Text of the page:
Part of “The 1%” … Immunotherapy-induced Type-1 Diabetes

48 hours ago, things felt a little off but nothing I could put my finger on.  Went for a short 10-mile ride on Monday, felt a little parched but nothing dramatic.  Come Wed morning (yesterday), my immunotherapy blood workup (pre-treatment) revealed glucose levels of 500 with Ketones pegged to the max.  Robin and I felt the same gut shot that we experienced a month ago when we received the stage-4, multi-tumor diagnosis.

As it turns out, a rare complication of my immunotherapy drug (designed to rev-up the body’s immune system to attack my tumors) is identifying the pancreas as a bad guy.  Best we can tell, the switch on my pancreas turned off Monday night (permanently) … previous glucose levels for me were in the 90’s.  We were in the right place (Duke) to immediate start triaging my DKA (Diabetic Ketoacidosis, a life-threatening state when the body starts breaking down fat at a rate that is too fast. The liver processes the fat into a fuel called ketones (nothing to do with Ketosis which is harmless), which causes the blood to become acidic and you can slip you into a coma.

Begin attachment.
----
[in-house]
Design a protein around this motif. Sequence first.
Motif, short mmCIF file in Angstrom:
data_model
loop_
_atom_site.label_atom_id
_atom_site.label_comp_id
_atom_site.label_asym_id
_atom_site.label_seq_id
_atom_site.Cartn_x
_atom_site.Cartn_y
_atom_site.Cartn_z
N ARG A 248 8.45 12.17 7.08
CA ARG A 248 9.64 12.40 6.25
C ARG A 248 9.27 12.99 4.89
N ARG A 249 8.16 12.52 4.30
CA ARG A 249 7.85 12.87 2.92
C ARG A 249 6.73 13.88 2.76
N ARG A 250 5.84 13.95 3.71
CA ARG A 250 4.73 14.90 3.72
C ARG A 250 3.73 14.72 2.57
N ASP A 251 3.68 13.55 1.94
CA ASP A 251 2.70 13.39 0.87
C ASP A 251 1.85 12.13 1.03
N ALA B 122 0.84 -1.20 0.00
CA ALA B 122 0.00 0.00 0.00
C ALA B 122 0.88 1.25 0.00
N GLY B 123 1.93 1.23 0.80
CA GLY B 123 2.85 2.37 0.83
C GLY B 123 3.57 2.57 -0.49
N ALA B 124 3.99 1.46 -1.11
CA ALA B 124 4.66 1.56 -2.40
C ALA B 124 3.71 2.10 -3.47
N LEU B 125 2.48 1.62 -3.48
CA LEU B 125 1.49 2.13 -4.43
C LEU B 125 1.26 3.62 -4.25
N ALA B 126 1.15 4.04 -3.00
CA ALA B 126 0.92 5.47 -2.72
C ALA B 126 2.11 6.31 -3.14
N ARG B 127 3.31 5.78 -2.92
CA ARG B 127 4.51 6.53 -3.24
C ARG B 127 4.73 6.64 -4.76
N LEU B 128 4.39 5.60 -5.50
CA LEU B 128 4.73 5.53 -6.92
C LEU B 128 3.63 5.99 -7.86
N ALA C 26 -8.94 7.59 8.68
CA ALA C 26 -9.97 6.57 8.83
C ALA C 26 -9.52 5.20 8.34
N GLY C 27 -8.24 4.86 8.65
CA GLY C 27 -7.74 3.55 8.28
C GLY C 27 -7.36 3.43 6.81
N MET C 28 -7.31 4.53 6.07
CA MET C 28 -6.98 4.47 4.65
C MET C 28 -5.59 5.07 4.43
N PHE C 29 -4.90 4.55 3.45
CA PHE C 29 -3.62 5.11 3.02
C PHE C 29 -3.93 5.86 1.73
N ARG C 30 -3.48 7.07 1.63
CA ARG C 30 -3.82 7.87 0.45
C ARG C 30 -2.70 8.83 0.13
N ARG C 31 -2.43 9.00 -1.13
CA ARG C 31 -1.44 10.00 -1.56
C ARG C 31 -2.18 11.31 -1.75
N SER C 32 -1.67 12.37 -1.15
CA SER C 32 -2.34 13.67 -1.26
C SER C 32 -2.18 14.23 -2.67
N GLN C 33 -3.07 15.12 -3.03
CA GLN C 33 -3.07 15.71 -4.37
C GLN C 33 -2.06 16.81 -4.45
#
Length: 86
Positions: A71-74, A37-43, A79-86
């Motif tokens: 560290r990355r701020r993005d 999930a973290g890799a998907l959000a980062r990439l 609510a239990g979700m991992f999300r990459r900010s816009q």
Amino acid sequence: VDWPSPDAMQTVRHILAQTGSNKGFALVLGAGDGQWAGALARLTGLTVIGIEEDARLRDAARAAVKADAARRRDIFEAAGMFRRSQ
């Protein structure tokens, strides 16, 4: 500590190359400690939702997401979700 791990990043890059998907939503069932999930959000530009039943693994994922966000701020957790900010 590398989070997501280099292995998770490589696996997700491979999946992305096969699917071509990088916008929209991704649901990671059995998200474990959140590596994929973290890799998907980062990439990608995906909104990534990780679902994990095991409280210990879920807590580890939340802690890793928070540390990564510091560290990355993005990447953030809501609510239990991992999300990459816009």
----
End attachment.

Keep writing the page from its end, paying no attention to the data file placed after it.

Our family has had experiences with DKA when Logan was diagnosed with Type-1 seven years ago (he is 17 now) … we were in the hospital for the better part of a week with him.  For me (since we caught it so quickly), 3 bags of saline and 2 gallons of water and 25 units of insulin, we were able to avoid another day in the hospital.  With our expertise with Diabetes, they felt comfortable in letting us treat the tail end of my DKA from home with frequent updates.  Still getting glucose and Ketones under control today but everything is moving in the right direction.

I could put lipstick on this pig but I will save that for another day … “positive Teddy” has left the building and we are both punch-drunk, both mentally and physically.  We will be better in a few days.

Appreciate the continued prayers that this treatment does not throw us any more curve balls and that my super-charged immune system stays on-task … killing the bad guys.


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